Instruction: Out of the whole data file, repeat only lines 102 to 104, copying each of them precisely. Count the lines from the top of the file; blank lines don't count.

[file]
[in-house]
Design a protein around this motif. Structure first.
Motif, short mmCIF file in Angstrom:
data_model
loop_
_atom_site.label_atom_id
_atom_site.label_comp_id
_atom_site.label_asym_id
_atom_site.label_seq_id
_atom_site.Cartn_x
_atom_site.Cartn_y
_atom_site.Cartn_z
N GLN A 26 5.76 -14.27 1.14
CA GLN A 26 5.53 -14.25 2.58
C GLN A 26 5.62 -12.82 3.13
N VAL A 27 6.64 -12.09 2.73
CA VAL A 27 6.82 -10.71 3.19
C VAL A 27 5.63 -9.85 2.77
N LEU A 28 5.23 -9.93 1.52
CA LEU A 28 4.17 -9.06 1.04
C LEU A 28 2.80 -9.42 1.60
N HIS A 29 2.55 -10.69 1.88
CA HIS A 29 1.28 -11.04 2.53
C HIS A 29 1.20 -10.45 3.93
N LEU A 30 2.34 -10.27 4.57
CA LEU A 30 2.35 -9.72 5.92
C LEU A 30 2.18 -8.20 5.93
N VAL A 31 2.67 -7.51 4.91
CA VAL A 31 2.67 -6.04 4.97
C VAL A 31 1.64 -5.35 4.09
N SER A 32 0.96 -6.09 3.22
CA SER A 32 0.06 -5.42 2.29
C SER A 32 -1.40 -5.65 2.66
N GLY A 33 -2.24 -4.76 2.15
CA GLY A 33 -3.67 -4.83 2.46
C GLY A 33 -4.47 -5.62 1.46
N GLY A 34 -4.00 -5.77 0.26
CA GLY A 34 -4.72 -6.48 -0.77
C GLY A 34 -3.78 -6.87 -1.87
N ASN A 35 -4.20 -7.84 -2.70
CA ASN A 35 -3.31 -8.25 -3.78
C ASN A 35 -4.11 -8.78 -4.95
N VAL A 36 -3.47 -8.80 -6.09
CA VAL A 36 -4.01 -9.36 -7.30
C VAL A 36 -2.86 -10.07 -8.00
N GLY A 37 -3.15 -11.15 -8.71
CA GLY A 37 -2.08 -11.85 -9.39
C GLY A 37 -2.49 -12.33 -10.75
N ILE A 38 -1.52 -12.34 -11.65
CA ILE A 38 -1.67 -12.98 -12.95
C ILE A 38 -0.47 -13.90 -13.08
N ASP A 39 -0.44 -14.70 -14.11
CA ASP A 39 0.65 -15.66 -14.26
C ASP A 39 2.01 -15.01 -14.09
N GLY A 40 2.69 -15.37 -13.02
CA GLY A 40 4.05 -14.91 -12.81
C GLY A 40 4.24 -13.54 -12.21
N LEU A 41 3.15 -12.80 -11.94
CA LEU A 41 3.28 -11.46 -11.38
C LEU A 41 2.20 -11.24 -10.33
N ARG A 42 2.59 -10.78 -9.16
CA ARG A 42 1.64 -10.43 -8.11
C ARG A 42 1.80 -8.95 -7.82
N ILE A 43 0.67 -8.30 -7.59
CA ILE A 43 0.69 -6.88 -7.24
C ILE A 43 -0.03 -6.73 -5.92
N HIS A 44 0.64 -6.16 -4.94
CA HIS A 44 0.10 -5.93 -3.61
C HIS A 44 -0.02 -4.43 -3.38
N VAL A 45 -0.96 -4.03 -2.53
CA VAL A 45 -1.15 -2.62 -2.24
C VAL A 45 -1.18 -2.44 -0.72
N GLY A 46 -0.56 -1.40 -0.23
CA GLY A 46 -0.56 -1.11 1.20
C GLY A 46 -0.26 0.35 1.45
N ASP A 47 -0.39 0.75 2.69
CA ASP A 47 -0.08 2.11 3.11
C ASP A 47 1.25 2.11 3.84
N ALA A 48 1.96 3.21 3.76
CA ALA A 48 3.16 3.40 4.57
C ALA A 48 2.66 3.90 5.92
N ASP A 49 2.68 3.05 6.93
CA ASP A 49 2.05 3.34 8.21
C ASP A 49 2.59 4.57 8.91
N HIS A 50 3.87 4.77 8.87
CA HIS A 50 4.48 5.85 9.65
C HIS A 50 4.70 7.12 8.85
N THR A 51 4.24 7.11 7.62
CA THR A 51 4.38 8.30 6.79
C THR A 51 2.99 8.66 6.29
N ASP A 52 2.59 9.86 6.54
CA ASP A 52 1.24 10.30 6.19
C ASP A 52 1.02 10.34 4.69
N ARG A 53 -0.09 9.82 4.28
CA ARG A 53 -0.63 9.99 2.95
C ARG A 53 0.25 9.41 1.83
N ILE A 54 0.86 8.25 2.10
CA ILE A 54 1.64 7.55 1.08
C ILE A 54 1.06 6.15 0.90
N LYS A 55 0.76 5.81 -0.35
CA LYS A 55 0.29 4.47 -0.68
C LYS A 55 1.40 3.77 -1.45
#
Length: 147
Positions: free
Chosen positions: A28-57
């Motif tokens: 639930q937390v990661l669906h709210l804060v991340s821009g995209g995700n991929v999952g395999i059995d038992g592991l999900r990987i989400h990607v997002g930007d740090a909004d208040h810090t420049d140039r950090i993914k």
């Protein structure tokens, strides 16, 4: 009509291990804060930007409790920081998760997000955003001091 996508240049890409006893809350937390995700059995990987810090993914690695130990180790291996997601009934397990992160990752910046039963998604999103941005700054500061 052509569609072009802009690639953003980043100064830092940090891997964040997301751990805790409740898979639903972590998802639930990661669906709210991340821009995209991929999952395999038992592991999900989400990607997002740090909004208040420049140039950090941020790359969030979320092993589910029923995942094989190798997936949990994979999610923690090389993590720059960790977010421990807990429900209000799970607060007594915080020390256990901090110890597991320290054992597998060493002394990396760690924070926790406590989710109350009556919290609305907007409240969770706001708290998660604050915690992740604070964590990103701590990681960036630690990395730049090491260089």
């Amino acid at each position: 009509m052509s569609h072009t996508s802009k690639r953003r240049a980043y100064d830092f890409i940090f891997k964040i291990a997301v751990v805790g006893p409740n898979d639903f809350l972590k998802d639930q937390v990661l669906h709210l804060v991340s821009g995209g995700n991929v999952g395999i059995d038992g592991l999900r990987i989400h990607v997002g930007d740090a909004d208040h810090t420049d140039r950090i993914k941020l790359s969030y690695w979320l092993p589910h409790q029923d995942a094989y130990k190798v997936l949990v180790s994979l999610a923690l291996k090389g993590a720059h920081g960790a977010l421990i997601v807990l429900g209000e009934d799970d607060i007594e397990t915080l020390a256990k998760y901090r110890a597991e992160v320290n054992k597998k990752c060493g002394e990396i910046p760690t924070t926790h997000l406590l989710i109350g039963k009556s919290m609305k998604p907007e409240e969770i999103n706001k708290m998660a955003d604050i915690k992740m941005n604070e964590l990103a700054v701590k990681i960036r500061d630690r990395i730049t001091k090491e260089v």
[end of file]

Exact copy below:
C LYS A 55 1.40 3.77 -1.45
#
Length: 147